Robert A. Heinlein, the great science fiction writer, coined the expression
in his book “The Moon is a Harsh Mistress.” One of the characters in
the book pointed out that the “free” bar snacks he and a friend were enjoying
were not really free. They were paid for by higher prices for drinks.
Life is like that. Everything positive has a value. Everything
negative has a cost. Everything you get for “free” or at subsidized cost
from the government is paid for by taxes. And those taxes come from,
you guessed it, everyone who works hard, saves, invests, takes risks, makes
The same logic applies to intangibles as well. Good manners, considerate
behaviour, honesty, diligence, all have a value. Boorishness, inconsiderateness,
dishonesty, sloth, all have a cost. Do an honest day’s work and you
will be rewarded with better jobs. Goof off and you will be fired.
So, if anyone can accomplish virtually anything, why all the whining?
I have known people, over the years that I have been in business, who spent
so much time and energy complaining about how unfair things are, and how
difficult things are, that they had no time for anything else. Had
they spent the same time and energy actually doing something useful, something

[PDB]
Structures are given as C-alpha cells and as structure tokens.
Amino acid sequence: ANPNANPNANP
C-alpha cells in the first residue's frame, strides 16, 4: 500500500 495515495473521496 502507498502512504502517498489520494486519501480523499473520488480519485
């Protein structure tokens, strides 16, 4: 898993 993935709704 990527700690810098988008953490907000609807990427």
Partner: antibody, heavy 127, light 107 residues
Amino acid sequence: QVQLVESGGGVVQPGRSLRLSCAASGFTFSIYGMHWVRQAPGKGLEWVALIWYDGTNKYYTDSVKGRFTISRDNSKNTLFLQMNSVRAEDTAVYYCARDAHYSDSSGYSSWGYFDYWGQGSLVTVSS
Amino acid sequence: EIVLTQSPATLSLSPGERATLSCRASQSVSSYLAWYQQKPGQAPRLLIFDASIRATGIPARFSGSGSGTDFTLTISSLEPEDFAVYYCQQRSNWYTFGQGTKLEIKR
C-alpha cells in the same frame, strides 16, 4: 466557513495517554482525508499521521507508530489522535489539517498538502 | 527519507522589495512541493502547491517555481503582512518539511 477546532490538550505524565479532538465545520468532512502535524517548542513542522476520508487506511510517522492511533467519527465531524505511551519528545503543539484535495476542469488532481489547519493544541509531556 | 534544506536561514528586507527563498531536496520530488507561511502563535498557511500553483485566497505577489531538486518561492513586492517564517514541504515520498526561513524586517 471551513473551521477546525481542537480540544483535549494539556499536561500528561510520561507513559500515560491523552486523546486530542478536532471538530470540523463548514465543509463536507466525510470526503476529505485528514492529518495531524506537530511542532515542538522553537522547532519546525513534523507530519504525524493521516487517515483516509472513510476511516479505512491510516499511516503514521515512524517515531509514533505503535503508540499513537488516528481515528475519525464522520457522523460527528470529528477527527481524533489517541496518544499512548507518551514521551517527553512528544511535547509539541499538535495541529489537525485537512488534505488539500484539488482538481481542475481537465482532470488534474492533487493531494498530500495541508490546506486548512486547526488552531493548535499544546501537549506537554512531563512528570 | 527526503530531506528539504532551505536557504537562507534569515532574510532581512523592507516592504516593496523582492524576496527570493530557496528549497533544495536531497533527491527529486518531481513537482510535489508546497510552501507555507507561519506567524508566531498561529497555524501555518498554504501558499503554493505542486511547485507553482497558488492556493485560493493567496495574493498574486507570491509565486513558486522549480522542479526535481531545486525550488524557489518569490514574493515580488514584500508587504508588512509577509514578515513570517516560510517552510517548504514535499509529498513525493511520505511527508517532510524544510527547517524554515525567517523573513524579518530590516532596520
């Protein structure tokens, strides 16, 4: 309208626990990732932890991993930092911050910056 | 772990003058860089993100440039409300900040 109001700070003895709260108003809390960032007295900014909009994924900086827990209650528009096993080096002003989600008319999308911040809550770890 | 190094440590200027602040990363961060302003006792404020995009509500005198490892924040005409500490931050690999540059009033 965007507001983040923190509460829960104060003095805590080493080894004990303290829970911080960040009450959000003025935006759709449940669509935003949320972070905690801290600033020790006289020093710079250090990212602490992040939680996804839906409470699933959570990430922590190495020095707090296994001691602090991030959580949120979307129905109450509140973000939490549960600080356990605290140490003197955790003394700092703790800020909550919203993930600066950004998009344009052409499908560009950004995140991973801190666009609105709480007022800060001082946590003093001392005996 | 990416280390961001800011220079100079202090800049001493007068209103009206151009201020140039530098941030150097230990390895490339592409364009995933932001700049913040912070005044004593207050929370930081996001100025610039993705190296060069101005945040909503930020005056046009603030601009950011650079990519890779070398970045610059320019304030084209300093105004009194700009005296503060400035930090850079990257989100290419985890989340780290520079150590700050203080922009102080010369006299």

constructive, they would have been much better off. And the rest of
us would have benefited too.
The problem, as I see it, is that there is a need in many people to pull
everything and everyone down to the lowest common denominator. Don’t
like the dichotomy of rich and poor? Instead of working hard to become
successful financially, let’s simply take as much as possible away from the
rich. Don’t like the fact that some people are smarter than others?
Do away with tests and comparative marking systems. Upset because some
of us have better jobs than others? Blame it on racial discrimination
The world is not a perfect place. North America is not a perfect continent.
Canada is not a perfect country. I’m not a perfect dad.
You, Zachary, are not always a perfect son.
We all need to strive to make things as perfect as possible. That seems
reasonable, doesn’t it? But why does it mean that we have to change
everyone and everything else? Wouldn’t it make much more sense to start
with ourselves? Our behaviours, our perceptions, our ethics, are something
that we can actually do something about. We don’t need to pass more
laws, create more bureaucracies, build more jails. Do we want the world to
be a better place? Let's behave responsibly. Let's be a good
example to our children. Let's work hard, be honest, stop complaining.
Now, imagine a world where everyone else has followed the same path.
Wouldn’t that be a wonderful world to live in?
I think so. OK. I’ll start. Your mom tells me that I’m
too impatient. I guess that’s a good place to start. We won’t
discuss any of my myriad other faults here, where anyone can read about them,
but I’ll try to do better in every way I can.
Now, if only we could start a trend.
One, two, three, go!